I’ve been extremely busy updating the look and content of The Broadway Musical Home so get over there and check it out now!
Featuring fun new artwork commissioned especially for the site (can you name all the characters/shows pictured in the banner?) plus information about every Broadway mounting of each show (not just the premiere), video and music clips, info about the Broadway theaters themselves, interactive features (like a star rating system, discussion space and social media connections) as well as oodles of other good stuff … our sister site has transformed into something truly wonderful.
Check it out! Bookmark it! Tell your friends!
Win a pair of tickets to see Smokey Joe’s Café at The Papermill Playhouse. To enter, simply leave a comment below stating why you love musical theater.
The winner will be chosen using random.org on Friday, April 23. Be sure to include your email address below so we can contact you if you’ve won.
Smokey Joe’s Café is licensed through R&H Theatricals. To put on a production of Smokey Joe’s Café visit www.rnh.com
AND THE WINNER IS … Samantha Coleman!
Not you? Never fear! We’ve got another exciting ticket giveaway coming soon and our Phantom of the Opera CD Giveaway runs through June 1.
That’s right, it’s time for another massive news roundup. There’s a lot to catch up on, so without any further ado, here we go…
The Broadway premiere of Andrew Lloyd Webber’s Love Never Dies will open at the Neil Simon Theater in the spring of 2011 due to some health complications of ALW’s part. The show, which was to open on Broadway in November of 2011, has been playing to somewhat mixed reviews on the West End. The big buzz about the delay is in regards to Jack O’Brien (director) and Jerry Mitchell (choreographer) because…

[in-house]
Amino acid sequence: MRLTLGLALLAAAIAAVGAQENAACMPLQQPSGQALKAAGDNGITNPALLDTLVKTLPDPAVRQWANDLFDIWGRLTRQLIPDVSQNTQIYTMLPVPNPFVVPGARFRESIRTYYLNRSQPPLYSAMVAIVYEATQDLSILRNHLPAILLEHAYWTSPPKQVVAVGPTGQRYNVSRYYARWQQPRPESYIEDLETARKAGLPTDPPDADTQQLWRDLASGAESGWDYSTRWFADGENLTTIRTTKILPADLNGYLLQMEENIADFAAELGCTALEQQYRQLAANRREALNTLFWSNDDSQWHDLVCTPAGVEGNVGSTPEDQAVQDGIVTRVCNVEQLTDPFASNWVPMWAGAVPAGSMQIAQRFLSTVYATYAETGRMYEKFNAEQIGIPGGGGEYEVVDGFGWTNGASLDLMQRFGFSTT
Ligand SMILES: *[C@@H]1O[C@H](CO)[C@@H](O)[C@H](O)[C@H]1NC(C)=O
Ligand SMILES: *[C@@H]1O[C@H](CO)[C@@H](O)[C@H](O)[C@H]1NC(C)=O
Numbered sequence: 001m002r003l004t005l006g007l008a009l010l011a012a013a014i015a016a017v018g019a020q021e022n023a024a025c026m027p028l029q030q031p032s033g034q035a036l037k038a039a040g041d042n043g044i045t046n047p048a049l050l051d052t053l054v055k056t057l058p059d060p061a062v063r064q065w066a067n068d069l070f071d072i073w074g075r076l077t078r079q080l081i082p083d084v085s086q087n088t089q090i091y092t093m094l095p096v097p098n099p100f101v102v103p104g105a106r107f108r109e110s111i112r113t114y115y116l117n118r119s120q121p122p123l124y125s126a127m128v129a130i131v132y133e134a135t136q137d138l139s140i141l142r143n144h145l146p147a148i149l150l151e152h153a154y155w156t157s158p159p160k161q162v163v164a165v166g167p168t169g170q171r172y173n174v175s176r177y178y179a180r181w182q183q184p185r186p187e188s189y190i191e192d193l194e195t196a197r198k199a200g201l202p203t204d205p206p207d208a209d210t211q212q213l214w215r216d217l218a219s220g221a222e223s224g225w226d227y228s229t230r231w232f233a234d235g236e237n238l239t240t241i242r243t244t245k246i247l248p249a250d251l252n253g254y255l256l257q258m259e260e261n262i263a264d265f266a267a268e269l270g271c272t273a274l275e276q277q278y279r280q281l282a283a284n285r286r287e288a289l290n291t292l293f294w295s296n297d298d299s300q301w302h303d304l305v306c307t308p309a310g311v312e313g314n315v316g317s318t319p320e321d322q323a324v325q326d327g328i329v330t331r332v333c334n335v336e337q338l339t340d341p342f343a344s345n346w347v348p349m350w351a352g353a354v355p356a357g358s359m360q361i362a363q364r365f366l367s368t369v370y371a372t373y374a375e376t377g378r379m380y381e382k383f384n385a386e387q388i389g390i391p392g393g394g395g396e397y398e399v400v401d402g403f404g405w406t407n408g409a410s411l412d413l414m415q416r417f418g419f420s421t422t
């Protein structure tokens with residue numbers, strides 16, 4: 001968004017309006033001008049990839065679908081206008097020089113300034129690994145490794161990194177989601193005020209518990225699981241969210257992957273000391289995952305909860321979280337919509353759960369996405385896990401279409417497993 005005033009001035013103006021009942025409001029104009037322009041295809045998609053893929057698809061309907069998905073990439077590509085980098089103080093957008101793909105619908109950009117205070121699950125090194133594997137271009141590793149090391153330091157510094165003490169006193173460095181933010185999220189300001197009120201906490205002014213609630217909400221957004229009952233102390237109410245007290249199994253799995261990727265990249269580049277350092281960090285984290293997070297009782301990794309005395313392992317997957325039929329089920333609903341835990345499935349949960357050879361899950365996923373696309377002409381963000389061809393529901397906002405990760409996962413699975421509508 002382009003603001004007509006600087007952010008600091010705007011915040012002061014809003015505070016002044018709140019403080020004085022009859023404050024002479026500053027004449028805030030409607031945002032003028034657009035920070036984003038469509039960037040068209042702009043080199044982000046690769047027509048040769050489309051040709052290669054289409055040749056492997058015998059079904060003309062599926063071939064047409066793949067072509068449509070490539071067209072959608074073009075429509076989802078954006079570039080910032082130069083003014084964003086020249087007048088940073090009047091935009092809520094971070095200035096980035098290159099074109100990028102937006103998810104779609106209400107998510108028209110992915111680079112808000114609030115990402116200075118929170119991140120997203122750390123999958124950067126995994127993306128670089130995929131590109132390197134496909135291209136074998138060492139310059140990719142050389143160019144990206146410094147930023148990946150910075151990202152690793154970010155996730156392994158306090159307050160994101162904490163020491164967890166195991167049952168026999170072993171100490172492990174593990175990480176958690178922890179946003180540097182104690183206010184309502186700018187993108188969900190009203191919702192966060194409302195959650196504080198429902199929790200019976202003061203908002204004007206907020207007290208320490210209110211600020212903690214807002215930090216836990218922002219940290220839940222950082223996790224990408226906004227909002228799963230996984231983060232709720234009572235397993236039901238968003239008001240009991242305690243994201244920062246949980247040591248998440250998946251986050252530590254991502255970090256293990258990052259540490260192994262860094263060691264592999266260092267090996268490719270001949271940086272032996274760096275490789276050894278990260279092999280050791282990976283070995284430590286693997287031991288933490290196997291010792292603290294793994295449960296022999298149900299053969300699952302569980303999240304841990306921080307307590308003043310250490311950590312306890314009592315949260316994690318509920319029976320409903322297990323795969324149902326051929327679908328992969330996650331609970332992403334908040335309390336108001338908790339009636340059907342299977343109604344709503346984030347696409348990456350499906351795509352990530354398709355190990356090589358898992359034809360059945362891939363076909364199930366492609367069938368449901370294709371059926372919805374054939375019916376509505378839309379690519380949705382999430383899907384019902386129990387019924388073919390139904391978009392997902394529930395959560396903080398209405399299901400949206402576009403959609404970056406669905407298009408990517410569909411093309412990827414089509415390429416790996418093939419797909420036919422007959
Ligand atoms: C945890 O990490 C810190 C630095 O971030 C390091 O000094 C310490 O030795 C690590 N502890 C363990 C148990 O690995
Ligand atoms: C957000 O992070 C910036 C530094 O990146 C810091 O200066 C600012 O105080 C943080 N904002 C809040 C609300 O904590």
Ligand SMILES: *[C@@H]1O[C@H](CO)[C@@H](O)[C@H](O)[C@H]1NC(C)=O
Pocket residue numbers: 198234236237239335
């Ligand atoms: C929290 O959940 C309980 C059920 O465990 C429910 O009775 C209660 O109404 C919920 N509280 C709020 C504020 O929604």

Catch Me If You Can is officially opening on Broadway in the spring of 2011! Producers Hal Luftig and Margo Lion have confirmed that rehearsals for the show that premiered at Seattle’s 5th Avenue will begin in January. A theatre and the exact dates of production have not yet been announced, but O’Brien and Mitchell are on board, and it is assumed that the big names associated with the production (Aaron Tveit, Tom Wopat, Norbert Leo Butz) will be headliners.
Another exciting transfer is that of Yank!, the Off-Broadway hit that just closed at the York Theater Company. Producers Pamela Koslow and Karl Held have announced plans to bring the ‘don’t ask, don’t tell’ G.I. musical to the Great White Way during the 2010-11 season. No news as to whether Bobby Steggert and Ivan Hernandez will repeat the roles they originated on Broadway.
Another Off-Broadway hit, Sherie Rene Scott’s Everyday Rapture is headed to Broadway thanks to Megan Mullally’s sudden and late departure from Lips Together, Teeth Apart. Everyday Rapture will open on April 29, 2010, so it will be in the running for this year’s Tony Awards.
The other sudden departure was that of the show All About Me, which, after being panned harshly by critics, ended its Broadway run after only 20 performances. That, ladies and gentlemen, is what we call a flop.
But enough depressing news…here’s some happy news:
- Next to Normal officially recouped its investment!
- Henry Miller’s Theatre was renamed in Stephen Sondheim’s honor!
- John Cameron Mitchell’s Hedwig and the Angry Inch may be headed to Broadway in the fall!
And yes, it’s not technically Broadway, but since so many Off-Broadway shows are transferring these days, I thought it worth mentioning that Bloody Bloddy Andrew Jackson, a new musical about the guy you talked about in history class is generating nothing but great buzz. If you want to see it while the price is right, get over to the Public Theatre ASAP.
I got my hands on a song sample from Andrew Lloyd Webber’s new sequel to Phantom of the Opera, Love Never Dies:
What do you think?